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unions for a momentary triump) Let those who are depressed by with the Radicals; but steadily an the portentous strength of the Revo- uniformly consider Revolution a lutionary party in the new Parlia- the demon which they are sent ther ment, console themselves by the re- to combat, and, by the blessing o flection of the fleeting nature of popu- God, will ultimately conquer. Bi Jar opinion. Let them recollect what uniformly adhering to this principle England was when it ran mad with they will remain perfectly clear of democracy in 1642, and when it was the march of innovation, and all its intoxicated with loyalty in 1661. Let ruinous excesses and consequences them reflect on the revolutionary they will have nothing to reproach fervour which convulsed France in themselves with in their public ca. 1789, and contemplate the whole reer ; and when suffering has taught National Guard of Paris six years af- the people their errors, and anguish ter combating the forces of the Con- has tamed their passions, it is to them vention, to restore the royal authority that the nation will turn with tears in that afflicted city. Let them think of repentance, and their patriotism of the Duke of Wellington, the idol which it will celebrate in strains of of the people, the pride of his counc exultation.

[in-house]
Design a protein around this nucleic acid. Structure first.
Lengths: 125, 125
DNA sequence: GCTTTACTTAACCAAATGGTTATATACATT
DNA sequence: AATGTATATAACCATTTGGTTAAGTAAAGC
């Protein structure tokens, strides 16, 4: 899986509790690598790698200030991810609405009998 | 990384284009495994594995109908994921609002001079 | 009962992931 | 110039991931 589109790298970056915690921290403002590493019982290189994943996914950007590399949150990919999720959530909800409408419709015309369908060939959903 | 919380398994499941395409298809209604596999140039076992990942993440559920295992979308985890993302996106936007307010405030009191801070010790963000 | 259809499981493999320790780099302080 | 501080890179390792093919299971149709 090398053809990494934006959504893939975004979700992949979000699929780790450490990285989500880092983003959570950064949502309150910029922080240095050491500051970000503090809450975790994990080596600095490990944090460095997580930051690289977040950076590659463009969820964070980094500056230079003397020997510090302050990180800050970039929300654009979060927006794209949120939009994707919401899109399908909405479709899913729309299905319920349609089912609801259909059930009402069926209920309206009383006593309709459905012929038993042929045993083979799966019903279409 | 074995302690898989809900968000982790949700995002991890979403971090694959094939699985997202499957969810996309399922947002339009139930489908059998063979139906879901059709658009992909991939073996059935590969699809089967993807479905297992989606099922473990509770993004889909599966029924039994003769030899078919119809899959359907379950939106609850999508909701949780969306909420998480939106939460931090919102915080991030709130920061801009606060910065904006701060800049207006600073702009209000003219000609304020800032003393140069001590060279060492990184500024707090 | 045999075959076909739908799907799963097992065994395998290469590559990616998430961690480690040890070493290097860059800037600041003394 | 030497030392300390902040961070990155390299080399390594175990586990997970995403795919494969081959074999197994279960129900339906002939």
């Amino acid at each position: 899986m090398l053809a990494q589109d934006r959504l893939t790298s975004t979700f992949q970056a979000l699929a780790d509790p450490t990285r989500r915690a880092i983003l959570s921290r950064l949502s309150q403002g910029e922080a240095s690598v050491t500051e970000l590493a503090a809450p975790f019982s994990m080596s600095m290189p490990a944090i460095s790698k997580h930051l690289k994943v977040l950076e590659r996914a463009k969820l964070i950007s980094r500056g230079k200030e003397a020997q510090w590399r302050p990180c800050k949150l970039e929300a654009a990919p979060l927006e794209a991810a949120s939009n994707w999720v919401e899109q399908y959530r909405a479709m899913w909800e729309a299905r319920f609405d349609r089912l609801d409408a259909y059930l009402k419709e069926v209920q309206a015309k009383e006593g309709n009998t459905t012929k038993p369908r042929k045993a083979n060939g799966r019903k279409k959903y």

tinguished, and the old English feel 1 ing so thoroughly revived ? Bristol

has passed through the fiery ordeal; the natural result of revolutionary passions, has been there felt; the city has been burnt and ruined ; its in dustry and commerce are rapidly de caying, and its wretched inhabitants

, taught by suffering, have abjured their errors, and seek, by a return to their ancient principles, to procure a return of their ancient prosperity

. What Bristol han suffered and learn. ed, the empire at large must suffer and learn; and when the terrible lesson has been taught, the result will be the same, and the gloomy night of revolution will be followed hr the glorious morning of the re

which

HYMNS OF LIFE.

BY MRS HEMANS.

THE PRAYER OF THE LONELY STUDENT.

Soul of our souls! and safeguard of the world!
Sustain-Thou only cans't-the sick at heart,
Restore their languid spirits, and recall
Their lost affections unto Thee and Thine.

WORDSWORTA.